By RICK WATSON
Casey Horn and her brother Trent Wright brought a taste of Mardi Gras with them from Mobile when they moved here and started the Mystics of Mountain Brook Halloween parade. What started out eight years ago as one car driving down Dexter Avenue tossing beads to people on the street has grown to 25 floats
and thousands of people along the parade route.
Even though the parade is always on Halloween, it has a Mardi Gras feel to it. Paraders throw Mystics of Mountain Brook T-shirts, beads, stuffed animals and footballs to bystanders as the parade passes.
According to Casey Horn, some people go all out with their floats. In years past there was a pirate ship and an 80s theme float with a disco ball and people dressed in 80s garb.
Lori Welsh and her neighbor Micah Russell have built prize-winning floats the last few years. Two years ago they made a graveyard theme with funny epitaphs on tombstones, and last year the theme was “Far, far away, in a tiny kingdom.” There were Disney characters, a castle with turrets and a smoking dragon with flapping wings.
The fun part of the parade is that it’s a neighborhood thing, according to Welsh. “We have neighborhood kids who help decorate the float,” she said. “The dragon from last year was paper mache, so the kids got a chance to work with the arts and crafts piece which they loved.”
This year’s theme is a secret, but Micah Russell’s brother, a rocket scientist who he helped mechanize last year’s dragon, is involved with the design again. “So we may go over the top,” Welch said.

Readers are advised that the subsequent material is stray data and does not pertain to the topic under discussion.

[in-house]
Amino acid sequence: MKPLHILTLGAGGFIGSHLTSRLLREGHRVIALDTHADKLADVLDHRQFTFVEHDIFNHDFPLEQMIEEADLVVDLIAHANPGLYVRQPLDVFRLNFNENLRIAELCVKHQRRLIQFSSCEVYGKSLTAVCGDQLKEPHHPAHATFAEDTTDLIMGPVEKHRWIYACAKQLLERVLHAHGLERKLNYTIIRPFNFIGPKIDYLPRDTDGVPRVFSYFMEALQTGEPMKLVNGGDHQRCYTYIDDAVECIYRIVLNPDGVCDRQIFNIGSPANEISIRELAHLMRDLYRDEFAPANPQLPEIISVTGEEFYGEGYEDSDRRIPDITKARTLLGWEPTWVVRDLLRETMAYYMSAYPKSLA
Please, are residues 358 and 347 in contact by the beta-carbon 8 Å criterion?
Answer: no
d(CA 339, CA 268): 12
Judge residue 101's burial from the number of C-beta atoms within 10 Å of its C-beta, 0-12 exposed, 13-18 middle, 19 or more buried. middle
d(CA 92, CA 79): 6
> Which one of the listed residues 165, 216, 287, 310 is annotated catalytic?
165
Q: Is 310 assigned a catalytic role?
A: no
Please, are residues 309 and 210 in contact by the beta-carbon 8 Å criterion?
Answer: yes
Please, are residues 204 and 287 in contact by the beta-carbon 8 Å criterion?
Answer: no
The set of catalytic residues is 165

Casey Horn said that a lot of people really get into designing floats. Local businesses provided prizes to the most unique entries.
“Some people go all out,” said Lisa Flake, “but we simply decorate our float with streamers and balloons and fill it with candy-tossing kids.” The event is fun for the entire family, she added.
The parade has everything from golf carts to flat bed trucks participating in the fun. Along with the floats are the high school cheerleaders, a roller derby, and the mayor of Mountain Brook driving a fire truck.
“I was surprised by how many people were along the streets watching the parade,” said Mayor Terry Oden. The quality of the floats, and the costumes, was remarkable, according to the mayor. “Plus, the group donates the proceeds to help make the city more beautiful. The group gives back to the city, which is very nice”
Signups to have a float in the parade are first come first serve and start in September outside La Paz Restaurant in Crestline.
The parade route starts out by the Emmet O’Neal Library, goes by the Tot Lot, turns left on Church Street and then right onto Dexter Avenue. It ends up on Vine Street near the Board of Education building.
Float entry fees and business sponsorships pay for the parade permit, T-shirts, beads and candy. Any money left over is donated to the Mountain Brook Beautification Fund to help pay for flowers, benches and other items for the city.
The parade begins at 4 p.m. on October 31. After the parade several families have bands that play. For the last three years, country music star Sara Evans has performed on the front steps of Lisa Flake’s house.